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The newspaper of The Johns Hopkins University December 18, 2006 | Vol. 36 No. 15
Sigmund Suskind, Former Dean of Arts and Sciences, Dies at 80

Suskind in the 1981 'Hullabaloo' yearbook.
Photo by The Ferdinand Hamburger Jr. Archive

By Lisa De Nike

Professor Emeritus Sigmund Suskind, a microbiologist who served as dean of the Krieger School of Arts and Sciences from 1978 to 1983, died Dec. 5 at the age of 80 from cancer complications.

A native of New York City who served as a medic in the Navy during World War II, Suskind graduated from New York University in 1948 and worked for two years for the Biology Division of Oak Ridge National Laboratory before entering Yale University, where he received his doctorate in biology in 1954. In 1956, he joined the faculty in the Department of Biology at what was then the McCollum-Pratt Institute of The Johns Hopkins University. He was named professor of biology in 1965 and from 1971 to 1978 served as dean of undergraduate and graduate studies. He also was the university's first ombudsman, appointed to that post in 1988 by then President Steven Muller.

Suskind taught undergraduate and graduate students in genetics and biochemistry, and published widely in the fields of molecular biology and molecular genetics.

Saul Roseman, the Ralph S. O'Connor Professor of Biology, remembers his former colleague as the consummate researcher-teacher.

"When I arrived at JHU, I had little knowledge of genetics," Roseman said. "Fortunately, both [Dr. Suskind] and Dr. Philip E. Hartman were down the hall, and convinced me about how important this area would be to our research. So I sat in on the undergraduate genetics course in which they both lectured. Sig was a really dedicated teacher. His method of teaching principles was to present, from the original literature, experiments that attempted to answer specific questions, and from which basic principles were derived. This type of teaching was in the best tradition of JHU, the research university."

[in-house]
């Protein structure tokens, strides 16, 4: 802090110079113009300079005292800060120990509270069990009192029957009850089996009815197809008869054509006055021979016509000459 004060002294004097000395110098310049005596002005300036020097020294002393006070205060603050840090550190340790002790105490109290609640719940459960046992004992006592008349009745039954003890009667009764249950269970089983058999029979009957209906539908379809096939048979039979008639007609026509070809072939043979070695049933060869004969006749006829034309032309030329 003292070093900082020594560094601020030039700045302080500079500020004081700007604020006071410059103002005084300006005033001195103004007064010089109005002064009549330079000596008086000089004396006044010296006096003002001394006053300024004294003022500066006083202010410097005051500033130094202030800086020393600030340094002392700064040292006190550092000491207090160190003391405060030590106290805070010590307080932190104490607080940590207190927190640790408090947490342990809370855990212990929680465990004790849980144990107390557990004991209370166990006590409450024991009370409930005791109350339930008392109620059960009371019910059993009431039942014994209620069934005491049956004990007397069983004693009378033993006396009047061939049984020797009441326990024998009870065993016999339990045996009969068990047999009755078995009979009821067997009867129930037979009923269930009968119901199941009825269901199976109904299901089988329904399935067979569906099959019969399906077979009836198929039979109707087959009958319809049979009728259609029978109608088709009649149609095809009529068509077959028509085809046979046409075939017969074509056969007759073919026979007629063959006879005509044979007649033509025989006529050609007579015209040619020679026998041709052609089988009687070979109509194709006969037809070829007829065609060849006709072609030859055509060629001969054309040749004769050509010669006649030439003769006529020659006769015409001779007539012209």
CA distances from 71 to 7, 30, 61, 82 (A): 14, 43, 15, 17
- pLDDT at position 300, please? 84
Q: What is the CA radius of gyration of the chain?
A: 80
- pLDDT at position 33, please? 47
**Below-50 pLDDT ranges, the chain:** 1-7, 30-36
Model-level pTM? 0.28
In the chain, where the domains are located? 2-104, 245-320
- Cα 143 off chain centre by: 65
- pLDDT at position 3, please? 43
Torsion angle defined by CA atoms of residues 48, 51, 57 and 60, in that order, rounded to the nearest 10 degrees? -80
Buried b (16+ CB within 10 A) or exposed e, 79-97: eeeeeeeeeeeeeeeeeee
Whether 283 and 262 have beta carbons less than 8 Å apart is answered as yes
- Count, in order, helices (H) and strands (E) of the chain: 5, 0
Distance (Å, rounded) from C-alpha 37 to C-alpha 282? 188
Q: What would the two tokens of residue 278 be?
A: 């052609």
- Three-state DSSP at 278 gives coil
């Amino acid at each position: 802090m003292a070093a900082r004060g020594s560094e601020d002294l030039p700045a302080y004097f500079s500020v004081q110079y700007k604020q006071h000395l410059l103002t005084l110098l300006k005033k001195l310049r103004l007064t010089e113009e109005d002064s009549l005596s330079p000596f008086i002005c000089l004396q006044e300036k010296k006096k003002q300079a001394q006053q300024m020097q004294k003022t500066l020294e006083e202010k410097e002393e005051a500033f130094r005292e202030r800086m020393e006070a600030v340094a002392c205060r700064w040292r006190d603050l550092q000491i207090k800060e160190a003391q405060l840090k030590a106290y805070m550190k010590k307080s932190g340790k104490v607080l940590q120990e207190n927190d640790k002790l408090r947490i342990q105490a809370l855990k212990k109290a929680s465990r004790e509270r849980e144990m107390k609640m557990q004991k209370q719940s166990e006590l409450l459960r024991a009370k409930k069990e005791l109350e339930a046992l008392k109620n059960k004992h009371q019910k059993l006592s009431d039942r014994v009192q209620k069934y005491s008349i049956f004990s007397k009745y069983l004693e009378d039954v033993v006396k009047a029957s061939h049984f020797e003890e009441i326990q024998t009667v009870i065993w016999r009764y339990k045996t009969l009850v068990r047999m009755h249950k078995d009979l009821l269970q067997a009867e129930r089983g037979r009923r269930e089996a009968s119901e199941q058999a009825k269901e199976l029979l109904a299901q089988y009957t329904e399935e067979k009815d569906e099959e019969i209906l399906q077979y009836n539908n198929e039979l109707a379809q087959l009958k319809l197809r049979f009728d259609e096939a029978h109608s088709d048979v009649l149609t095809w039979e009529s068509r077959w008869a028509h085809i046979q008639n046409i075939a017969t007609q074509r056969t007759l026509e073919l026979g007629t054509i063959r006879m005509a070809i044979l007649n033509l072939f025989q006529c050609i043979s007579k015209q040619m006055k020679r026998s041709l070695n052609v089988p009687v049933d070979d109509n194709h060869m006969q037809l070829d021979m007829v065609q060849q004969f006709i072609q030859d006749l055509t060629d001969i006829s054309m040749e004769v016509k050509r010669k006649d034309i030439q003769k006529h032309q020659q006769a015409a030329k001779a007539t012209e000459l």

Allen Shearn, professor and vice chair of the Department of Biology, credits a book co-authored by Suskind and Hartman, Gene Action, with directing his interest toward the study of the roles of genes in development.

"I am sure that I was only one of many students of the time who were influenced directly by Gene Action," Shearn said.

Gene Action was one of a series of Foundations of Modern Genetics books edited by Suskind and Hartman that Shearn credits with being on the "cutting edge" of the fundamental change that occurred in the field of biology in the 1950s and 1960s.

"These books were extremely influential," Shearn said. "Suskind was at the heart of the biochemical revolution that occurred in biology at that time. It was because of his central position that he was able to attract authors for that series of books."

Suskind also was a mentor to Ludwig Brand, a professor who arrived at Homewood in the early 1960s.

"Sig combined genetics microbiology and biochemistry in unique ways, bringing new insights into life science research," Brand remembered. "He continued to offer important counsel both as dean and even into retirement. He was highly appreciated as a fellow faculty member, dean and as an ombudsman. Sig also was an active sailor and got me and several other members of the faculty interested in sailing the Bay. He will be greatly missed."

Suskind retired in 1991 and moved from Mount Washington to Kent County. He is survived by his wife, Ann, and their three sons and two grandchildren. A memorial service was held Dec. 8 at Dulaney Valley Memorial Gardens in Timonium.


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